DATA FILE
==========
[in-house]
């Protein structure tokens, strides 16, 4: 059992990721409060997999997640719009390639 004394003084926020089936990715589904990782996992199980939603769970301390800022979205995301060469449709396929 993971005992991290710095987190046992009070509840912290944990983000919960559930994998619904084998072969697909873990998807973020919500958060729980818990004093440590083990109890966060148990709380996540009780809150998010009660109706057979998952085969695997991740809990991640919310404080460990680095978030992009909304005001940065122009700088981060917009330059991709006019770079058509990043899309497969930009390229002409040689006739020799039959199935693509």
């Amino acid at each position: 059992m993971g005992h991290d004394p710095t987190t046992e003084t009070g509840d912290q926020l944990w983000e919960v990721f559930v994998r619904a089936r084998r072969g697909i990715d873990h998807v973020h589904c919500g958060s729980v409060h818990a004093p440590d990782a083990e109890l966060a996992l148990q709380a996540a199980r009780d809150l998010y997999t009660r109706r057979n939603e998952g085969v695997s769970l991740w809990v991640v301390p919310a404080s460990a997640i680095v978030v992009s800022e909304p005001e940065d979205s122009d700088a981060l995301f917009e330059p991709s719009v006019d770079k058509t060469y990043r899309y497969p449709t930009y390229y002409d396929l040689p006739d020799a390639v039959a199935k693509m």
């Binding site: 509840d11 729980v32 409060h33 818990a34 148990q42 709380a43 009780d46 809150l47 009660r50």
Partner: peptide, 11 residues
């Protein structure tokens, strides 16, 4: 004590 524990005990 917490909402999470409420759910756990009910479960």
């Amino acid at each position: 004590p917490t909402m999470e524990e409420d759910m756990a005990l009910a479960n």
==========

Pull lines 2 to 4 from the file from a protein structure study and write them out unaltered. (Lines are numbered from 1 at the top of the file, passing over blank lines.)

């Protein structure tokens, strides 16, 4: 059992990721409060997999997640719009390639 004394003084926020089936990715589904990782996992199980939603769970301390800022979205995301060469449709396929 993971005992991290710095987190046992009070509840912290944990983000919960559930994998619904084998072969697909873990998807973020919500958060729980818990004093440590083990109890966060148990709380996540009780809150998010009660109706057979998952085969695997991740809990991640919310404080460990680095978030992009909304005001940065122009700088981060917009330059991709006019770079058509990043899309497969930009390229002409040689006739020799039959199935693509």
């Amino acid at each position: 059992m993971g005992h991290d004394p710095t987190t046992e003084t009070g509840d912290q926020l944990w983000e919960v990721f559930v994998r619904a089936r084998r072969g697909i990715d873990h998807v973020h589904c919500g958060s729980v409060h818990a004093p440590d990782a083990e109890l966060a996992l148990q709380a996540a199980r009780d809150l998010y997999t009660r109706r057979n939603e998952g085969v695997s769970l991740w809990v991640v301390p919310a404080s460990a997640i680095v978030v992009s800022e909304p005001e940065d979205s122009d700088a981060l995301f917009e330059p991709s719009v006019d770079k058509t060469y990043r899309y497969p449709t930009y390229y002409d396929l040689p006739d020799a390639v039959a199935k693509m």
């Binding site: 509840d11 729980v32 409060h33 818990a34 148990q42 709380a43 009780d46 809150l47 009660r50």